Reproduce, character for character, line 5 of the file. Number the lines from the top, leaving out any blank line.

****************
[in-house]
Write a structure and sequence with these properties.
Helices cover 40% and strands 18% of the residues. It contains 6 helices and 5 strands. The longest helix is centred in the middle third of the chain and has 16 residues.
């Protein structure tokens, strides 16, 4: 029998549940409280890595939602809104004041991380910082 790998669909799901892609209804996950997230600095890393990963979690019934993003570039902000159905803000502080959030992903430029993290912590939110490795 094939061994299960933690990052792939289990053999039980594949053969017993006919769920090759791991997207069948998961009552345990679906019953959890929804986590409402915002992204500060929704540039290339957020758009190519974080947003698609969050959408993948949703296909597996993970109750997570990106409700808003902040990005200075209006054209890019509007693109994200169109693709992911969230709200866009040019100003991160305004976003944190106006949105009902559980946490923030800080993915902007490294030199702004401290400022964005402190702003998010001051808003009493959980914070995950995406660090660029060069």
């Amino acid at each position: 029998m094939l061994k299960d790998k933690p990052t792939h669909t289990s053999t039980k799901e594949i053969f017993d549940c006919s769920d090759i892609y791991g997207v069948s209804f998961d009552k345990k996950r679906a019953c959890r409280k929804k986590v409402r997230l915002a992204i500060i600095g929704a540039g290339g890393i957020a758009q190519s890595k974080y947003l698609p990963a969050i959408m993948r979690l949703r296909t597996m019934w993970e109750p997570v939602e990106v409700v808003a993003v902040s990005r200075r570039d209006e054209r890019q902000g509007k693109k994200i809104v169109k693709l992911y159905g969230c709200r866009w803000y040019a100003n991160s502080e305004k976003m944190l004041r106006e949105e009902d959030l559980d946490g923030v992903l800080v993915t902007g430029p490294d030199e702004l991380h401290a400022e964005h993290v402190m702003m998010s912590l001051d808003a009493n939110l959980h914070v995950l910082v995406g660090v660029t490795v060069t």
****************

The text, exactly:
């Amino acid at each position: 029998m094939l061994k299960d790998k933690p990052t792939h669909t289990s053999t039980k799901e594949i053969f017993d549940c006919s769920d090759i892609y791991g997207v069948s209804f998961d009552k345990k996950r679906a019953c959890r409280k929804k986590v409402r997230l915002a992204i500060i600095g929704a540039g290339g890393i957020a758009q190519s890595k974080y947003l698609p990963a969050i959408m993948r979690l949703r296909t597996m019934w993970e109750p997570v939602e990106v409700v808003a993003v902040s990005r200075r570039d209006e054209r890019q902000g509007k693109k994200i809104v169109k693709l992911y159905g969230c709200r866009w803000y040019a100003n991160s502080e305004k976003m944190l004041r106006e949105e009902d959030l559980d946490g923030v992903l800080v993915t902007g430029p490294d030199e702004l991380h401290a400022e964005h993290v402190m702003m998010s912590l001051d808003a009493n939110l959980h914070v995950l910082v995406g660090v660029t490795v060069t």